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Applying Yankee ingenuity to bring home U.S. jobs

(CBS News) It's been said many times that manufacturing jobs that the United States has lost to other countries will never come back. But CBS News correspondent Jim Axelrod reports that in one Ohio community, it's a different story.

At a factory in north Canton, Ohio, Byron Jenkins is working a job that less than a year ago didn't exist.

"People just want to get a good job and we can't find them no place," he said.

"Well, you found one here," commented Axelrod.

"It took a long time, but I did," said Jenkins.

His new job is at Suarez Industries, home of the Edenpure space heater -- making more than twice what he did at McDonald's.

Hello manufacturing, goodbye fast food.

"All those teenager jobs, they're no good for a grown man," said Jenkins. "I used to get paid every two weeks and get paid half of what I'm getting paid now."

"Now you're making grown-man money?" Axelrod asked.

"I'm making grown-man money," said Jenkins.

Jenkins is making grown-man money because his employer is turning conventional rust-belt wisdom upside down. Here, the idea that it's cheaper to produce things overseas has come face to face with Yankee ingenuity.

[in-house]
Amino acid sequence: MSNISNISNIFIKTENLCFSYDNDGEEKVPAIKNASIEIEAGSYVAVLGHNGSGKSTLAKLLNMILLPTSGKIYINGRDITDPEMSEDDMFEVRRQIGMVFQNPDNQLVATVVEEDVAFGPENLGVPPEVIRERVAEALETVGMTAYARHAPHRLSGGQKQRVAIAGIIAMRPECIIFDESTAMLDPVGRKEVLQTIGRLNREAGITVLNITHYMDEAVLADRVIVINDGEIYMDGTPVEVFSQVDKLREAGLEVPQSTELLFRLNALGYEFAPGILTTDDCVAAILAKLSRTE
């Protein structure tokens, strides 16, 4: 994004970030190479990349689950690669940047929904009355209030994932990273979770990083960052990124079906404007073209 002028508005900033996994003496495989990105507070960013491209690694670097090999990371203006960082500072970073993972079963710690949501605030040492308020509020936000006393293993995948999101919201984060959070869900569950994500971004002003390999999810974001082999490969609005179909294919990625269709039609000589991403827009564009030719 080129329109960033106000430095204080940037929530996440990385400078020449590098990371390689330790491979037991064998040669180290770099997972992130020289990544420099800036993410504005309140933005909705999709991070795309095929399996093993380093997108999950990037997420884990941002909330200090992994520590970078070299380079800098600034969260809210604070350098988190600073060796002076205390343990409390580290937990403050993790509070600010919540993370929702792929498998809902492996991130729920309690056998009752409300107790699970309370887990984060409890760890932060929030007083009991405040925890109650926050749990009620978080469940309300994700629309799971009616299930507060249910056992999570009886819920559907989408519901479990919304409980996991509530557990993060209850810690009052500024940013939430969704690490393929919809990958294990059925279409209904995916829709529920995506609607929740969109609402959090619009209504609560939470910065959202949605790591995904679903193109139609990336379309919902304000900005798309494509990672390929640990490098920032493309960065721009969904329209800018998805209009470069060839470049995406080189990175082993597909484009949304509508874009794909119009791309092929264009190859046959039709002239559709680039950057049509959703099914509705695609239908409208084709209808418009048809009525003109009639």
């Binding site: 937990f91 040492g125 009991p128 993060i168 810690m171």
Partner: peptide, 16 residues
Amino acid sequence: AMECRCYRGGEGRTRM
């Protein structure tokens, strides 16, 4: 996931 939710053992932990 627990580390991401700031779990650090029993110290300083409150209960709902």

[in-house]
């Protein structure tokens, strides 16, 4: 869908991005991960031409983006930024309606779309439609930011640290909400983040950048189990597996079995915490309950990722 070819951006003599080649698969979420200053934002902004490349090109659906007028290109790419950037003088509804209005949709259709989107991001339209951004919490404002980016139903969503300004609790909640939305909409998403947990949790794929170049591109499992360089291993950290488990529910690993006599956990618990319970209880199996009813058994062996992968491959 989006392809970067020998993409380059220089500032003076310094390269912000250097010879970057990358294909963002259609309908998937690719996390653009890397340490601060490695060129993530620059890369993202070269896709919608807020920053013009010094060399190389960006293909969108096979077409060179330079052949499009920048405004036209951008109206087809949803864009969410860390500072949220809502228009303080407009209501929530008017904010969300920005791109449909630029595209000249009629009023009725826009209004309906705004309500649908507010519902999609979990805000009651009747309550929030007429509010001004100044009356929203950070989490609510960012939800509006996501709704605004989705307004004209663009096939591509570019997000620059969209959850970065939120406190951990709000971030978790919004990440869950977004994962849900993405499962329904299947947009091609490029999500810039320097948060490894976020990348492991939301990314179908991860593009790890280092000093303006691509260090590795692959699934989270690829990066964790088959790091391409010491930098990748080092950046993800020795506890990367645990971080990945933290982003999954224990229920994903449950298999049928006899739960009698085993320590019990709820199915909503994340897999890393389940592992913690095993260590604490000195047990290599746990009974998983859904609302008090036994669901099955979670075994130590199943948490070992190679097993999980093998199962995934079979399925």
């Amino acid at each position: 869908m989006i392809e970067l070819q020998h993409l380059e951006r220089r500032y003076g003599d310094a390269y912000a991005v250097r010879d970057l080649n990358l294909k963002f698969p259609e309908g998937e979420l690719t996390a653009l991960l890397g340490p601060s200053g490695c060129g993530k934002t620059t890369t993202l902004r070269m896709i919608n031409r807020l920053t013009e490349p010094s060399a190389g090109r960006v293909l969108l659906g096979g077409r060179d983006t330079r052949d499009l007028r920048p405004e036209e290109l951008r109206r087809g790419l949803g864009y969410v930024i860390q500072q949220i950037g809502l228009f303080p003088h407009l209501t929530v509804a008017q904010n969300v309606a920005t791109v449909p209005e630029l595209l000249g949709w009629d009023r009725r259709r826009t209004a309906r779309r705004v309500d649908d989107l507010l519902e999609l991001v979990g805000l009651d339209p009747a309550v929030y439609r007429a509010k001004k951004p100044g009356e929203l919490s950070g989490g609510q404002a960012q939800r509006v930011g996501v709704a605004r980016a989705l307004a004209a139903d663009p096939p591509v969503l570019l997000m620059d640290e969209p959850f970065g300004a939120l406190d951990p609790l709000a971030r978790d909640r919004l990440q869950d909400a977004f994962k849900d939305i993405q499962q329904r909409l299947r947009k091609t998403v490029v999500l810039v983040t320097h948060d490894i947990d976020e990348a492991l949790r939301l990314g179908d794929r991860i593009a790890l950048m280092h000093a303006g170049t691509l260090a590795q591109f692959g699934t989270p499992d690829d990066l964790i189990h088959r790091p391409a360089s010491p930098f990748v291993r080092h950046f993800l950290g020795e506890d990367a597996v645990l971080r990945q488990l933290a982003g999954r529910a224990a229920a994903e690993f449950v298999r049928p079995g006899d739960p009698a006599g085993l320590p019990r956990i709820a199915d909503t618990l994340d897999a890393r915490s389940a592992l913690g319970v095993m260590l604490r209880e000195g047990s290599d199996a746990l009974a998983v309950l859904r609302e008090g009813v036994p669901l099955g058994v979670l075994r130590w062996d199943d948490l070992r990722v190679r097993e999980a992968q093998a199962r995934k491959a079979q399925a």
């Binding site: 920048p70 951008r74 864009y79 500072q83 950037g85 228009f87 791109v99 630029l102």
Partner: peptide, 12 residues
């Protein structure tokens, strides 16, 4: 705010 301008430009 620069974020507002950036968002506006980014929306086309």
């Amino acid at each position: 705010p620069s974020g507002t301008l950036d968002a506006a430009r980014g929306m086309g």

Operations manager Hope Paolini wanted to move production of this portable heater from China to the U.S. to better control production and cut costs. So she literally engineered most of the labor out. Her new version required fewer screws and almost no rivets, which meant fewer workers to assemble the product.

"The only thing we really can't compete with China on is labor," she said. "They have more of it. It's less expensive. But we have the same technology. We have the same cost of raw materials. And we can compete with everything else."

"The fewer screws you have to get somebody to put into a space heater, the less you have to pay in labor costs," pointed out Axelrod.

"Correct," said Paolini.

That meant 450 new jobs at this factory and what's good for Edenpure is also good for Ohio. The heater's new American power cord supplier added 13 jobs. The sheet metal stamper added 20. The plastic molding facility another 18.

"If you figured out how to bring jobs back from China to the United States -- manufacturing jobs -- why isn't everybody doing it? Axelrod asked Paolini.

"It's easier to say, 'It can't be done,' than to get up early and to work hard and to make it happen," she said.

A homemade lesson that American manufacturers are just beginning to rediscover.

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